Catalyst - Fall 2020 Vol 3 No 1 - Page 13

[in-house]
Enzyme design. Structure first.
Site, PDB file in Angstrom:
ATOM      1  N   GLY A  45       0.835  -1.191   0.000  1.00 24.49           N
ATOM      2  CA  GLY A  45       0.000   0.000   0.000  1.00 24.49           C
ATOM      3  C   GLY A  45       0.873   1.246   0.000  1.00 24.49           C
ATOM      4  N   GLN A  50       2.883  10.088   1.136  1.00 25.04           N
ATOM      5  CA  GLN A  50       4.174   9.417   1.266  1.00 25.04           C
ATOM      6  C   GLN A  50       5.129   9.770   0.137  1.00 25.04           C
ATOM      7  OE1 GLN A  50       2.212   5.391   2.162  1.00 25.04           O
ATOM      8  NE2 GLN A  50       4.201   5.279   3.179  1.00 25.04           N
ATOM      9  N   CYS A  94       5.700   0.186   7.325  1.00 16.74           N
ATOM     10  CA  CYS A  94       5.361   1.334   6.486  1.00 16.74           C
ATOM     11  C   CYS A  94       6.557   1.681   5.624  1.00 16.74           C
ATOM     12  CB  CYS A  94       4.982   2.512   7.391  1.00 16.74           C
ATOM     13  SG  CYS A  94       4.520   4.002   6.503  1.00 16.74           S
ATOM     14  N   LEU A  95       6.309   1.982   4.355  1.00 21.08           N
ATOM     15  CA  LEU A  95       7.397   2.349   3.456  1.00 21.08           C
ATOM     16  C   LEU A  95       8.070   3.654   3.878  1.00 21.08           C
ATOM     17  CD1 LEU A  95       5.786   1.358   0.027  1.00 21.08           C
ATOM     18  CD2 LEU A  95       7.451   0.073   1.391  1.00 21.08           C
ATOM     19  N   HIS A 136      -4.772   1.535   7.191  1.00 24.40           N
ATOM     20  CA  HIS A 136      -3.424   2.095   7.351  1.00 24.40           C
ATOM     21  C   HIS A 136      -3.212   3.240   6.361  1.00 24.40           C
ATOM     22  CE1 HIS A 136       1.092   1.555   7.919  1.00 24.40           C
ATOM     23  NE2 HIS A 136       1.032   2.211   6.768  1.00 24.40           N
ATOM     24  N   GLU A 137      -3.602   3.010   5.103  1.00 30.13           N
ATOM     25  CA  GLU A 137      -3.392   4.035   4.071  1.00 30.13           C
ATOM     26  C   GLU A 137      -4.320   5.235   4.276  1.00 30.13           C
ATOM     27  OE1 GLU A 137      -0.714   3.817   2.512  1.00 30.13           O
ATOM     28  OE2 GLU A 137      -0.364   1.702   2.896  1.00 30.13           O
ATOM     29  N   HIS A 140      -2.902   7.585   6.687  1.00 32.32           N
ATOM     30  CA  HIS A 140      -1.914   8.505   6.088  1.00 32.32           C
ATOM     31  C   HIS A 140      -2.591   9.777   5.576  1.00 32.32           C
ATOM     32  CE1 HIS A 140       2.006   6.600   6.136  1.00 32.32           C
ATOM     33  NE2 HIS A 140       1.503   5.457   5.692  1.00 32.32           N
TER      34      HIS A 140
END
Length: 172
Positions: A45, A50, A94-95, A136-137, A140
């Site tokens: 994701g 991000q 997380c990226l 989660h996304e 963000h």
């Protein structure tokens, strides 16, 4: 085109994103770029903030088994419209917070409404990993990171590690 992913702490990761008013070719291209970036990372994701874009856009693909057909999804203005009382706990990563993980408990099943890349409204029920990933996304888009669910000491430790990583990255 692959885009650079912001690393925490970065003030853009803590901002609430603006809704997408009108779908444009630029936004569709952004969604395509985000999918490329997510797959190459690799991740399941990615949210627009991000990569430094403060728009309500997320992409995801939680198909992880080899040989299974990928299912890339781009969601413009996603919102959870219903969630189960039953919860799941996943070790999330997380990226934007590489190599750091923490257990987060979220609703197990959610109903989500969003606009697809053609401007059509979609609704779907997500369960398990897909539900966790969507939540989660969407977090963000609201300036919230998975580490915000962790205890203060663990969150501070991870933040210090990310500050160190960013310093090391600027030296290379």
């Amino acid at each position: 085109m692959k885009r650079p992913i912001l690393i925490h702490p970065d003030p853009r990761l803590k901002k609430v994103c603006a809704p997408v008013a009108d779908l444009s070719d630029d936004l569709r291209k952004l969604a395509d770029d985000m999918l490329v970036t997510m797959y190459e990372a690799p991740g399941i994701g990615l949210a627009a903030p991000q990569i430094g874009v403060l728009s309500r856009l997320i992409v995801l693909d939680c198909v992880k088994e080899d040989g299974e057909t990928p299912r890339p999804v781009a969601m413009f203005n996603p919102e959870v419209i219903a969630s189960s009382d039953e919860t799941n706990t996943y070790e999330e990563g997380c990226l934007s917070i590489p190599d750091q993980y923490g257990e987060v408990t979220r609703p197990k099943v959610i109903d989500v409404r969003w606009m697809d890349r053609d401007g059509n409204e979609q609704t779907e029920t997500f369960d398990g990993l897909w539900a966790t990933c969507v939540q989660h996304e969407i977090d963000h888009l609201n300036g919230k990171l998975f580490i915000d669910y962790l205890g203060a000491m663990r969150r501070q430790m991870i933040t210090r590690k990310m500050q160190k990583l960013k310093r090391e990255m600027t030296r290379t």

of primarily people of color. Trying to balance that with the urgency of the work has meant that some of our timelines move around, maybe more than they would’ve before the pandemic. That means that maybe we set up our meetings a little differently, or just have to rework deliverables altogether for some projects. It’s taken some adjustment. Our team stays connected via Google Chat each day and we hold a weekly staff meeting; we try to inject some non-work things into both of those, so we’re both staying personally connected and as well as connected to the work. Do you have any lessons learned of what you all have seen and experienced during this time? Do you have any takeaways, either positive (obviously, there’s a lot of negative) or otherwise? It’s almost hard to know, because there’s not been time to sit down and process all of it. Again, I think that the work through partnerships and being in coalition with people and with other groups that have shared values has been a reinforced learning for us. It’s something we’ve always valued but has been especially critical to the little successes we’ve seen over the last couple of months. I think balancing the humanness of our work with the current political realities (something we always have to contend with in some way in our advocacy efforts) has been an especially tough thing to do right now, so we’re learning what that balance is from moment to moment. How has your time with EmpowerHealth influenced or impacted Georgians for a Health Future’s response to COVID-19? In a few ways – one is that we’ve really been looking for the spaces where we can add value at this moment. That’s definitely something that was a takeaway from Empowerhealth: without duplicating services or missions, how can we add value in this space where there maybe is already are a lot of work being done? There’s a ton of work right now on minimizing state budget cuts, but we feel like we can add value by highlighting a few specific ways that budget cuts would hurt health, and then specific ways that revenue changes could actually improve health in Georgia. We’re trying to find spaces where we can really contribute to a larger goal, but can also add specific value. The other way that EmpowerHealth has helped us in this moment is how we think about the different forms of capital that GHF has; our programmatic capital (the existing programs and systems that we have in place); our financial capital; and then our human capital (being our staff and our board and the relationships that we all hold). That was something I learned through EmpowerHealth, and that I’m continuing to think about as we’re navigating our way through this and looking forward to what do the next six months or year hold. I’m trying to make sure we have the supports in place so that we have sufficient capital in each of those areas. As GHF’s primary fundraiser, I frequently think about our financial capital, but I’m trying to spend time developing and supporting each of the other two areas of capital. 13